RSA encryption with a modulus size of 1000000 bit (just for illustration).
If I hash or encrypt XML data with a low entropy using such a transform, a
nonce would help because the nonce would influence the complete
transformation step. That sort of "nonce" is used if we hash a unix
password in /etc/shadow (the 'salt' value is the nonce) or if we encrypt a
message using RSA-OAEP (the random parameters are the nonce). In these
transforms, each input bit has effect on the output bits and then the nonce

does it's job).

But - encrypting a message in CBC is _NOT_ a single transformation: It's
splitting the message into small chunks (the blocks) and transforming each
block separately (OK, not absolutely separate because we use the chaining
to brevent reordering of blocks and that stuff). So a CBC is not a single
transform but many small transforms.

[TG] True.  I thought one major purpose of chaining was to prevent having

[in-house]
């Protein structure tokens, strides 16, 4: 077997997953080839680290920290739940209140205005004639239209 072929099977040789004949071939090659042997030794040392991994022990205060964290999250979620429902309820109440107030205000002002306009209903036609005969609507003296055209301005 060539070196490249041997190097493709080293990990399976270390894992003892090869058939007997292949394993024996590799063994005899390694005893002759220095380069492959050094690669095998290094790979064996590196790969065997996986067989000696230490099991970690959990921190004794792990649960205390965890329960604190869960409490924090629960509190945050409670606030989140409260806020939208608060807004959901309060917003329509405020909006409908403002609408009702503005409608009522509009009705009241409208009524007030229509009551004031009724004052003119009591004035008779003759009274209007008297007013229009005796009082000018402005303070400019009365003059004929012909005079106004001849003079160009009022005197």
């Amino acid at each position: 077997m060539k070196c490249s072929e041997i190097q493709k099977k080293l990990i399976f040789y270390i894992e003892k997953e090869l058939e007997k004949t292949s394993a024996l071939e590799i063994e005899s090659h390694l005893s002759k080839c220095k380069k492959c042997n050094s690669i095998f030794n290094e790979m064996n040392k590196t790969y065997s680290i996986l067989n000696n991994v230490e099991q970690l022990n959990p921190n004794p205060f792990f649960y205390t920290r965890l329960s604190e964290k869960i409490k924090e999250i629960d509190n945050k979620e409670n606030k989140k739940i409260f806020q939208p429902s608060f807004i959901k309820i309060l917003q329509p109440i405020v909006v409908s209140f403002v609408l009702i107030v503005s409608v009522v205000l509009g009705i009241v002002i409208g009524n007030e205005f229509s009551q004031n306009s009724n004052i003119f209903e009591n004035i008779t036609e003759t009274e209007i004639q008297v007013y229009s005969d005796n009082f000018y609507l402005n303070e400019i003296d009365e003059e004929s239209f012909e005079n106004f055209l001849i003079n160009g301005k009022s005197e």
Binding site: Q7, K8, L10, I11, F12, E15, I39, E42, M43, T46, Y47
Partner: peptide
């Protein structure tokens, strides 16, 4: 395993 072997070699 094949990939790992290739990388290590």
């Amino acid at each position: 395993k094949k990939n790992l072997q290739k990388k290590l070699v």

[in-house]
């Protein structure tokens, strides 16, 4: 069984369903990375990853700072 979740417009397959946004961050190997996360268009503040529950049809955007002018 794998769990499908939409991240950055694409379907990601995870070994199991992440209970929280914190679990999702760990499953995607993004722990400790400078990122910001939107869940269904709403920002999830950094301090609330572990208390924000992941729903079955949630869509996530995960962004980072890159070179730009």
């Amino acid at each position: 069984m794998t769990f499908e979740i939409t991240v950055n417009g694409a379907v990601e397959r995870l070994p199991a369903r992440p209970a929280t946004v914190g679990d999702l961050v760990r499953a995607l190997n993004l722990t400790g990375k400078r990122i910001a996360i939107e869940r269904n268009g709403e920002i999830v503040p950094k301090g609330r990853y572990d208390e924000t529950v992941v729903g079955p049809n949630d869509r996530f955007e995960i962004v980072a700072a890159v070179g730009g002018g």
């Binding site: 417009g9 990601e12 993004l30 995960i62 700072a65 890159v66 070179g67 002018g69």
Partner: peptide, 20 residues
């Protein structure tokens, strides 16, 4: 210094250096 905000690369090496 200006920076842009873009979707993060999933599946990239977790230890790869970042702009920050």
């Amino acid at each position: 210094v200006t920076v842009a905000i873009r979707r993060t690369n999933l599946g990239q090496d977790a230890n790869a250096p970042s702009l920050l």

the same plaintext block yield the same ciphertext each time.

So if we use a Nonce which length is (blocklength - 1), we have the
situation that the block containing the first plaintext octet (and the
preceding blocklength-1 nonce octets) gets a higher entropy, but ONLY this
block gets a higher entropy. All following blocks to not take advantage of
this nonce. Additionally, the first plaintext octet is vulnerable to
malicious modification.

[TG] I don't think this follows.  In particular, if you modify plaintext
and you're using both CBC and PKCS-5 padding, you'll probably break the
padding (probability slightly less than 254/255) and cause decryption to
fail.  This is true for any block encryption using both CBC and PKCS-5
padding.  Also, for any block encryption using CBC you'll modify ALL
subsequent plaintext.

Maybe it was not stated explicitly here:

We have two different attacks against CBC-encrypted data:

Type A: breaking the encryption and reveal the plaintext
Type B: change the underlying plaintext without breaking the encryption.

The Nonce value is not necessary for stopping Type-A attacks. This is done
by using a newly generated IV for each message. For preventing Type-A